Ire over Bosnia and Herzegovina's plan for EU membership
In Sarajevo on Wednesday, Council of Ministers Chairman Denis Zvizdic said Bosnia-Herzegovnia had adopted the necessary coordination requirements for EU membership talks.
"The most important thing is that we have passed the core precondition for a credible application by adopting the coordination mechanism," Zvizdic said.
The coordination mechanism is the set of rules by which Bosnia-Herzegovina will negotiate with EU institutions. According to its guidelines, there is full respect for the constitutional structure of Bosnia and Herzegovina. It also foresees an increase of efficiency and responsibility of all levels of the authority and underlines the importance of timely implementation of tasks set by the Stabilization and Association Agreement (SAA) with the EU, which entered into force in June 2015.
The set of negotiation rules was implemented to streamline the country's complex authority structure. After war ended in 1995, Bosnia-Herzegovina was politically partitioned into the Muslim-Croat Federation and the Serb-dominated Republika Srpska. Each entity has its own president, government and parliament, while the state-related affairs are in hands of the state's tripartite presidency, the Council of Ministers and the Parliamentary Assembly, consisting of representatives of three of Bosnia's constituent peoples - Bosniaks, Serbs and Croats.
Prime Minister: Bosnia is ready
Zvizdic praised his government, stressing that in just six months it had managed to pass over half - or 17 out of 33 - of the measures defined by the action plan of Bosnia and Herzegovina's economic reform agenda. These ranged from fiscal sustainability, to the labor market, to social security reforms. The Council of Ministers also adopted numerous strategies aimed at reforming the justice system, the fight against terrorism and integrated border control.
However, the prime minister's enthusiasm was spoiled by the fact that Bosnia and Herzegovina's central government, the Council of Ministers, passed the measures secretly, keeping both the public and the country's lawmakers in the dark. Not only did the prime minister fail to mention its passage - which occurred on January 26 - but he also declined to explain to the media why it was kept secret.
Allegations of treason
Soon after the announcement in Sarajevo, sharp reactions came from the Republika Srpska (RS).
Although Zvizdic said he had the consent of the authorities of both of Bosnia's ethnic entities to proceed with the EU membership application, Republika Srpska's government claimed it had been deceived. The government in Banja Luka explained that it had been asked to send objections, comments and suggestions to the proposal by January 30, four days after the measures were adopted.
"The Republika Srpska strongly supports Bosnia's European path ... but will never accept that anyone, even the Chairman of the Council of Ministers, misuses his authority, deceiving the public and the EU authorities," the statement read.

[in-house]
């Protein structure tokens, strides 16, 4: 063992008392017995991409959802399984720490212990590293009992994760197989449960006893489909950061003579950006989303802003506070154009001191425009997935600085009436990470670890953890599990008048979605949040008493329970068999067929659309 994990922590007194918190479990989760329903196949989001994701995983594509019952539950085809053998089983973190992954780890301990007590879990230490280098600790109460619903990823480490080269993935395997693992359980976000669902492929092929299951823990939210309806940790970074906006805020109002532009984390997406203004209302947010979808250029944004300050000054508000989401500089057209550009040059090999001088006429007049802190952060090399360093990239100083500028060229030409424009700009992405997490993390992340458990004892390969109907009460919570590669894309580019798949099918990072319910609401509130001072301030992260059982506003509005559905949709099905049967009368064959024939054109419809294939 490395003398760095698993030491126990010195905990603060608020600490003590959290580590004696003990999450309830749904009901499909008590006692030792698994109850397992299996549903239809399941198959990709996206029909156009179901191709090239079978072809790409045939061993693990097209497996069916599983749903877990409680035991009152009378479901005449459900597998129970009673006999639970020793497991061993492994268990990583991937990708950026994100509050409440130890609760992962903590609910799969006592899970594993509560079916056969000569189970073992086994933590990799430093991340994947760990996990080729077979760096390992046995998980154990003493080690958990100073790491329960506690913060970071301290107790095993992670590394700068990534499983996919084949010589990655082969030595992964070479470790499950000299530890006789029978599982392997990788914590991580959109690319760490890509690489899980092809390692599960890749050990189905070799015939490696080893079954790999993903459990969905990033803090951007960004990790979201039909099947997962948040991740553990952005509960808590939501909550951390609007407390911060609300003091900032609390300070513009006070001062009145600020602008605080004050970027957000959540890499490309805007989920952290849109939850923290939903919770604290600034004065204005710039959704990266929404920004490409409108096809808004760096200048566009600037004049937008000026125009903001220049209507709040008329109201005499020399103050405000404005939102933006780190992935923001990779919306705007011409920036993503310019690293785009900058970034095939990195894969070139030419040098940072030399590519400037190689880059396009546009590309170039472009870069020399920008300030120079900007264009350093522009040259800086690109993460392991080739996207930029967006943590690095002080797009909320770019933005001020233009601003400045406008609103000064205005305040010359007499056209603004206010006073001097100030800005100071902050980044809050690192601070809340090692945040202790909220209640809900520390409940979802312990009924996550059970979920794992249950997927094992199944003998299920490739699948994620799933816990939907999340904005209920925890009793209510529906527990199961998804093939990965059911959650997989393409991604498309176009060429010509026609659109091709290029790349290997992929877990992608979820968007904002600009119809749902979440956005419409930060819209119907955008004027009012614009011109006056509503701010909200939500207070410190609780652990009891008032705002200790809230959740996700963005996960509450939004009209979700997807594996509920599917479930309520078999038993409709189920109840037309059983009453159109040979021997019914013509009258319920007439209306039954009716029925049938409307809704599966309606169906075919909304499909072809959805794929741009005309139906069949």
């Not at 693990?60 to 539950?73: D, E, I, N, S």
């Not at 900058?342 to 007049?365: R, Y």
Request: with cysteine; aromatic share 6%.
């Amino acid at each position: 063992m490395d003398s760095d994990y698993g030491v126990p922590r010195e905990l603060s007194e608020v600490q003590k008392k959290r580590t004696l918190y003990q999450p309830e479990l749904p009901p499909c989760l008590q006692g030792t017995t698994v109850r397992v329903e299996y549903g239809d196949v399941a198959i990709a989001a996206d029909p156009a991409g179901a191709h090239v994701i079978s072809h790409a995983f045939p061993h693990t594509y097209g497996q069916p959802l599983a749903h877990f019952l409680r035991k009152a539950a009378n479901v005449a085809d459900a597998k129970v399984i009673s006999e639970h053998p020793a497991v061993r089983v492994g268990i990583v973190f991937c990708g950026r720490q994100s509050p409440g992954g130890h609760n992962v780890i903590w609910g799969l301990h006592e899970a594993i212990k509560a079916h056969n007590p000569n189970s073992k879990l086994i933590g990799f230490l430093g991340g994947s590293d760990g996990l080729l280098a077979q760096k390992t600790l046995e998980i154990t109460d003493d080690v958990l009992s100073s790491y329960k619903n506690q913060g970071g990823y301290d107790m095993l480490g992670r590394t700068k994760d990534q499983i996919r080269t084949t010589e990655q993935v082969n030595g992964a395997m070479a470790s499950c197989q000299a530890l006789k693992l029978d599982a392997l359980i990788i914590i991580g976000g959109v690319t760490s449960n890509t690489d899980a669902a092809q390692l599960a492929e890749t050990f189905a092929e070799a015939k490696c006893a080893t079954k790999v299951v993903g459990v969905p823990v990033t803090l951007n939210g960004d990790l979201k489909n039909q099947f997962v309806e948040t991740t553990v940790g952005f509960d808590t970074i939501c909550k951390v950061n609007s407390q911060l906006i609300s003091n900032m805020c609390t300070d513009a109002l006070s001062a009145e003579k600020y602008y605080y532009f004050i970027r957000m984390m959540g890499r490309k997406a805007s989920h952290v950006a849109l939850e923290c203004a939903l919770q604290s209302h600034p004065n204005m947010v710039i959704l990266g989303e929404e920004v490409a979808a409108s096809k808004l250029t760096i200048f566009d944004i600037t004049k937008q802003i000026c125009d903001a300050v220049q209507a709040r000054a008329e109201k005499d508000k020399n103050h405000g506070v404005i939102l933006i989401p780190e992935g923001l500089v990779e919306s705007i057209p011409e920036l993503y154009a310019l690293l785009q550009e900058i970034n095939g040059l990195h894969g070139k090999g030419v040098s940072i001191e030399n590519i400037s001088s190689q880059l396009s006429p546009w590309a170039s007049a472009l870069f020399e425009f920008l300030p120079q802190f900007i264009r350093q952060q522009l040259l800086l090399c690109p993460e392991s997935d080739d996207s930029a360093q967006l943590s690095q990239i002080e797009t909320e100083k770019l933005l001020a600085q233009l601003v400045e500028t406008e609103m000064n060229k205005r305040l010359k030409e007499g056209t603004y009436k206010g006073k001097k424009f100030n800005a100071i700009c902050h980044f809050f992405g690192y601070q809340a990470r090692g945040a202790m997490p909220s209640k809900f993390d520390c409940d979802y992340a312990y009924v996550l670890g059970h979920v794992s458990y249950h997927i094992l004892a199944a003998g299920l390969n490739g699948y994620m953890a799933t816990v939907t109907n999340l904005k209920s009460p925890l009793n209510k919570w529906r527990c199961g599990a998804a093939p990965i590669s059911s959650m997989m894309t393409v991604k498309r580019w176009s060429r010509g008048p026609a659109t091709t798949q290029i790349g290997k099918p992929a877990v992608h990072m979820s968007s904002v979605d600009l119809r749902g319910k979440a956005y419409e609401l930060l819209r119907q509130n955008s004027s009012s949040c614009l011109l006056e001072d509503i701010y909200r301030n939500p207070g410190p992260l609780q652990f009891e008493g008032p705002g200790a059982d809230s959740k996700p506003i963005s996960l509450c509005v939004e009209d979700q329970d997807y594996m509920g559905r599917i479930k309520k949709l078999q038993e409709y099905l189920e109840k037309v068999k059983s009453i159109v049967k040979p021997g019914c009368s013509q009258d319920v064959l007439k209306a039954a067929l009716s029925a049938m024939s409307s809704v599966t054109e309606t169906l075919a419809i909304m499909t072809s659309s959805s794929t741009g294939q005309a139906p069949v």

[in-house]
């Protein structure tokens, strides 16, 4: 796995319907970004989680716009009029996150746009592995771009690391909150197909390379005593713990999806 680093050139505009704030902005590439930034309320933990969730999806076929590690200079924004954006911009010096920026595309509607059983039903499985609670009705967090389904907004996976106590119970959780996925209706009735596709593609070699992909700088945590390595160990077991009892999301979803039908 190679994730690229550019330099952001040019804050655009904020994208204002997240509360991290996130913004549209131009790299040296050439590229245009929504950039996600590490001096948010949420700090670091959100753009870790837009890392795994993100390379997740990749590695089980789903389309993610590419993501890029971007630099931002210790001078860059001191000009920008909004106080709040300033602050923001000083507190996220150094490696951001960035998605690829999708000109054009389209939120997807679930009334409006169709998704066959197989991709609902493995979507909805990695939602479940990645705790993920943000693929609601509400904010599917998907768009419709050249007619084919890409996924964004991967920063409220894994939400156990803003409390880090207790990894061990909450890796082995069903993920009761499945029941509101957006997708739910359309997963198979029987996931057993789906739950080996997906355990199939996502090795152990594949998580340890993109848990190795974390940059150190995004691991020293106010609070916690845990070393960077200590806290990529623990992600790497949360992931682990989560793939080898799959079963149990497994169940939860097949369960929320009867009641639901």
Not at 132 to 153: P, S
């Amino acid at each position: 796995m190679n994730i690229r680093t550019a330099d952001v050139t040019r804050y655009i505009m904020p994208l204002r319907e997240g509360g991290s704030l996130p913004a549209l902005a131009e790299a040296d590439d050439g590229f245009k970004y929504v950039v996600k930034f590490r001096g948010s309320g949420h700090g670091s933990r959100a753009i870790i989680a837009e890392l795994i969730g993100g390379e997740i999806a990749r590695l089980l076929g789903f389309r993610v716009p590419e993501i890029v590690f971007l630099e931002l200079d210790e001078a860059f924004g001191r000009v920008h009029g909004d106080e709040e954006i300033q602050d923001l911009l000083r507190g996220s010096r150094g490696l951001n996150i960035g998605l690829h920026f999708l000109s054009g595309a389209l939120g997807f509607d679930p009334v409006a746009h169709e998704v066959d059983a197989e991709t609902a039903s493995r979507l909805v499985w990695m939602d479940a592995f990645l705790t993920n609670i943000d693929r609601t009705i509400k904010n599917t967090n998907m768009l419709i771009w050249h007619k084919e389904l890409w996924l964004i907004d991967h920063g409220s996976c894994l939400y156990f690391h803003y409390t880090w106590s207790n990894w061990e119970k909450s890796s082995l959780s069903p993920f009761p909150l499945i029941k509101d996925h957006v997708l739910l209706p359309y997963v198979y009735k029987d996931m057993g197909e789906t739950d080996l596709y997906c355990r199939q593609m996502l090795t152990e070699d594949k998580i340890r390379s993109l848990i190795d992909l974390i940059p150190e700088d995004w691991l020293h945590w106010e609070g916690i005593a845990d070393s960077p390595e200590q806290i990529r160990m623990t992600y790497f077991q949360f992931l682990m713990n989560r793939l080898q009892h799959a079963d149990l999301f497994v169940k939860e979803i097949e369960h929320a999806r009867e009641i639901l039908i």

Zeljka Cvijanovic, Prime Minister of the Republika Srpska, also issued her own statement, saying that the RS government would "soon take an official position toward the decision and behavior of Bosnia and Herzegovina's Council of Ministers for solely creating the decisions in matters in which the RS was given a clear constitutional role."
For RS President Milorad Dodik the document from Sarajevo was completely unacceptable and therefore did not have the support of the RS and its institutions.
"This is a high treason, the biggest since the Dayton Peace Agreement was signed," Dodik said in a statement.
Despite the confusion provoked by the announcement, the Chairman of Bosnia and Herzegovina's tripartite state Presidency, Dragan Covic, who is a Bosnian Croat, remains optimistic. "By the middle of next year, Bosnia and Herzegovina could be granted candidate status," Covic told reporters in Sarajevo.
He told journalists that Bosnia's Presidency had already approved the decision of the Council of Ministers on the negotiations with the EU on the membership in the European family. Commenting on Bosnia's position in negotiations, Covic admitted that Bosnia and Herzegovina could not set its own conditions for EU talks, since the country's authorities so far failed to conduct necessary reforms to improve domestic production. "However, we will try to do that during the negotiations, as much as possible, especially when it is about the dairy and meat products," said Covic. Due to unfavorable milk and meat quotas, "Bosnia and Herzegovina has been suffering some 40-million-euro ($45-million) damage from the EU funds."
Covic is set to lead Bosnia and Herzegovina's delegation to submit the country's official application for EU membership in Brussels on February 15. Though the chances are slim, he said he was optimistic about a good outcome.
The Balkan country of four million still suffers the consequences of the 1992-95 war, coping with ethnic divisions